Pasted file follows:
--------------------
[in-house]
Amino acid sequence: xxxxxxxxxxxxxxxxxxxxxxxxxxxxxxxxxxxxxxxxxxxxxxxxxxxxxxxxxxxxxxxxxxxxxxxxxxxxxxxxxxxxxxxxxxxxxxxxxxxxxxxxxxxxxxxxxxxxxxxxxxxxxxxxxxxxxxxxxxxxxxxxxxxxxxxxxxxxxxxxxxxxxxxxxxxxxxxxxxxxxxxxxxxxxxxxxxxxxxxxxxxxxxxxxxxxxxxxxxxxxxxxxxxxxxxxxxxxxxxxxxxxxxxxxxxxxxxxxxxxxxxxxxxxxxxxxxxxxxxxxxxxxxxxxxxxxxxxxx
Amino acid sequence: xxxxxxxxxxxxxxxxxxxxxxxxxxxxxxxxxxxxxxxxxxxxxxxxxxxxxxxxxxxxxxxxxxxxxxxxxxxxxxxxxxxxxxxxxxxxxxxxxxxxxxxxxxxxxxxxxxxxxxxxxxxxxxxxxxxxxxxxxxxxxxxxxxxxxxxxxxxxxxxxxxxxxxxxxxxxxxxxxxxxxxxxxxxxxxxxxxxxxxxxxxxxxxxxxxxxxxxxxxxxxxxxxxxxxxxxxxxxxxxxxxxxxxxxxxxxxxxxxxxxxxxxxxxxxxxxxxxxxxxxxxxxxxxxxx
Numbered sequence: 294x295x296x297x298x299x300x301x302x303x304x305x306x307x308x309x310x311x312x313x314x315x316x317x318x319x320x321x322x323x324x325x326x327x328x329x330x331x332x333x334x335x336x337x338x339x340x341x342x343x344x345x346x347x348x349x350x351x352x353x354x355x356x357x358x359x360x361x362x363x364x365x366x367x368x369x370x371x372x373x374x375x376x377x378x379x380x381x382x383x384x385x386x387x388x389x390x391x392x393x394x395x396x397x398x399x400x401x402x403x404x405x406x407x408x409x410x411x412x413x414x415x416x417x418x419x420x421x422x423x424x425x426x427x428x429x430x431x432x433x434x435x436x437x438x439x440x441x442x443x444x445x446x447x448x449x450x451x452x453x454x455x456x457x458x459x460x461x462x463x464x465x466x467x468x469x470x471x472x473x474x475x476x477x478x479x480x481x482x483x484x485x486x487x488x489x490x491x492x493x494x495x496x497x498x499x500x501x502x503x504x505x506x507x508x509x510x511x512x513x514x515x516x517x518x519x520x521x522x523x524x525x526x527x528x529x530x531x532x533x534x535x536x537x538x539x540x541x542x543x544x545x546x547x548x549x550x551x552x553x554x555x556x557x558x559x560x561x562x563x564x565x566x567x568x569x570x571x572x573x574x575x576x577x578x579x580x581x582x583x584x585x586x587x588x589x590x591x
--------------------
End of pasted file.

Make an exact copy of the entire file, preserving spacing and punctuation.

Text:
[in-house]
Amino acid sequence: xxxxxxxxxxxxxxxxxxxxxxxxxxxxxxxxxxxxxxxxxxxxxxxxxxxxxxxxxxxxxxxxxxxxxxxxxxxxxxxxxxxxxxxxxxxxxxxxxxxxxxxxxxxxxxxxxxxxxxxxxxxxxxxxxxxxxxxxxxxxxxxxxxxxxxxxxxxxxxxxxxxxxxxxxxxxxxxxxxxxxxxxxxxxxxxxxxxxxxxxxxxxxxxxxxxxxxxxxxxxxxxxxxxxxxxxxxxxxxxxxxxxxxxxxxxxxxxxxxxxxxxxxxxxxxxxxxxxxxxxxxxxxxxxxxxxxxxxxx
Amino acid sequence: xxxxxxxxxxxxxxxxxxxxxxxxxxxxxxxxxxxxxxxxxxxxxxxxxxxxxxxxxxxxxxxxxxxxxxxxxxxxxxxxxxxxxxxxxxxxxxxxxxxxxxxxxxxxxxxxxxxxxxxxxxxxxxxxxxxxxxxxxxxxxxxxxxxxxxxxxxxxxxxxxxxxxxxxxxxxxxxxxxxxxxxxxxxxxxxxxxxxxxxxxxxxxxxxxxxxxxxxxxxxxxxxxxxxxxxxxxxxxxxxxxxxxxxxxxxxxxxxxxxxxxxxxxxxxxxxxxxxxxxxxxxxxxxxxx
Numbered sequence: 294x295x296x297x298x299x300x301x302x303x304x305x306x307x308x309x310x311x312x313x314x315x316x317x318x319x320x321x322x323x324x325x326x327x328x329x330x331x332x333x334x335x336x337x338x339x340x341x342x343x344x345x346x347x348x349x350x351x352x353x354x355x356x357x358x359x360x361x362x363x364x365x366x367x368x369x370x371x372x373x374x375x376x377x378x379x380x381x382x383x384x385x386x387x388x389x390x391x392x393x394x395x396x397x398x399x400x401x402x403x404x405x406x407x408x409x410x411x412x413x414x415x416x417x418x419x420x421x422x423x424x425x426x427x428x429x430x431x432x433x434x435x436x437x438x439x440x441x442x443x444x445x446x447x448x449x450x451x452x453x454x455x456x457x458x459x460x461x462x463x464x465x466x467x468x469x470x471x472x473x474x475x476x477x478x479x480x481x482x483x484x485x486x487x488x489x490x491x492x493x494x495x496x497x498x499x500x501x502x503x504x505x506x507x508x509x510x511x512x513x514x515x516x517x518x519x520x521x522x523x524x525x526x527x528x529x530x531x532x533x534x535x536x537x538x539x540x541x542x543x544x545x546x547x548x549x550x551x552x553x554x555x556x557x558x559x560x561x562x563x564x565x566x567x568x569x570x571x572x573x574x575x576x577x578x579x580x581x582x583x584x585x586x587x588x589x590x591x